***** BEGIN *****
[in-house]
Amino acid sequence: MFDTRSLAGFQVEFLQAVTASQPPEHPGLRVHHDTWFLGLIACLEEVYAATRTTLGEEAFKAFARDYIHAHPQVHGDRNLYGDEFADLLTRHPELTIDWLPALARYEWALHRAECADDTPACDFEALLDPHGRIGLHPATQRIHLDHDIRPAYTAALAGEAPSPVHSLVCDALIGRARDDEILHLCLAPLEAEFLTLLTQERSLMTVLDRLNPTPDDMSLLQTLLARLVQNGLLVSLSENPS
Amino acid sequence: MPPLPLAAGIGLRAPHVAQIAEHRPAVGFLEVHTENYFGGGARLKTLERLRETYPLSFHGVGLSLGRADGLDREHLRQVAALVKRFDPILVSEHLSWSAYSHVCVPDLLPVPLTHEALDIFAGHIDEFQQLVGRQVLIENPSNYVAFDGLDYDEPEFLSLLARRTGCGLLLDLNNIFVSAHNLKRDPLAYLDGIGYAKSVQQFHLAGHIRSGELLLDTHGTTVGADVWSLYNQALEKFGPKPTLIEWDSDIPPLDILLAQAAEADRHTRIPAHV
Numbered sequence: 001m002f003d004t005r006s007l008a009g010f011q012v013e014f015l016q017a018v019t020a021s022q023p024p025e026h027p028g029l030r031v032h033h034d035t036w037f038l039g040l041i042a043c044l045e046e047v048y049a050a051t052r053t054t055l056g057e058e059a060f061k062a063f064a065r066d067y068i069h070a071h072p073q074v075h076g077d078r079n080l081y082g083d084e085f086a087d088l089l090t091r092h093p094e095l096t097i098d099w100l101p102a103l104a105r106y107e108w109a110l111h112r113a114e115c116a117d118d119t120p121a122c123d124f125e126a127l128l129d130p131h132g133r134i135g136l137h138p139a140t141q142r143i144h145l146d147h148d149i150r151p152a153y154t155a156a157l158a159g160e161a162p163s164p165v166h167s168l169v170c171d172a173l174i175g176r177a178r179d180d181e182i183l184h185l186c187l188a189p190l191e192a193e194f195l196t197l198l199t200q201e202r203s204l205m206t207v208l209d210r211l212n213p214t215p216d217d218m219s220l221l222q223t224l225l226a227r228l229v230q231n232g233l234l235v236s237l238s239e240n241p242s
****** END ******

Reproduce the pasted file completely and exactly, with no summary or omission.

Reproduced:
[in-house]
Amino acid sequence: MFDTRSLAGFQVEFLQAVTASQPPEHPGLRVHHDTWFLGLIACLEEVYAATRTTLGEEAFKAFARDYIHAHPQVHGDRNLYGDEFADLLTRHPELTIDWLPALARYEWALHRAECADDTPACDFEALLDPHGRIGLHPATQRIHLDHDIRPAYTAALAGEAPSPVHSLVCDALIGRARDDEILHLCLAPLEAEFLTLLTQERSLMTVLDRLNPTPDDMSLLQTLLARLVQNGLLVSLSENPS
Amino acid sequence: MPPLPLAAGIGLRAPHVAQIAEHRPAVGFLEVHTENYFGGGARLKTLERLRETYPLSFHGVGLSLGRADGLDREHLRQVAALVKRFDPILVSEHLSWSAYSHVCVPDLLPVPLTHEALDIFAGHIDEFQQLVGRQVLIENPSNYVAFDGLDYDEPEFLSLLARRTGCGLLLDLNNIFVSAHNLKRDPLAYLDGIGYAKSVQQFHLAGHIRSGELLLDTHGTTVGADVWSLYNQALEKFGPKPTLIEWDSDIPPLDILLAQAAEADRHTRIPAHV
Numbered sequence: 001m002f003d004t005r006s007l008a009g010f011q012v013e014f015l016q017a018v019t020a021s022q023p024p025e026h027p028g029l030r031v032h033h034d035t036w037f038l039g040l041i042a043c044l045e046e047v048y049a050a051t052r053t054t055l056g057e058e059a060f061k062a063f064a065r066d067y068i069h070a071h072p073q074v075h076g077d078r079n080l081y082g083d084e085f086a087d088l089l090t091r092h093p094e095l096t097i098d099w100l101p102a103l104a105r106y107e108w109a110l111h112r113a114e115c116a117d118d119t120p121a122c123d124f125e126a127l128l129d130p131h132g133r134i135g136l137h138p139a140t141q142r143i144h145l146d147h148d149i150r151p152a153y154t155a156a157l158a159g160e161a162p163s164p165v166h167s168l169v170c171d172a173l174i175g176r177a178r179d180d181e182i183l184h185l186c187l188a189p190l191e192a193e194f195l196t197l198l199t200q201e202r203s204l205m206t207v208l209d210r211l212n213p214t215p216d217d218m219s220l221l222q223t224l225l226a227r228l229v230q231n232g233l234l235v236s237l238s239e240n241p242s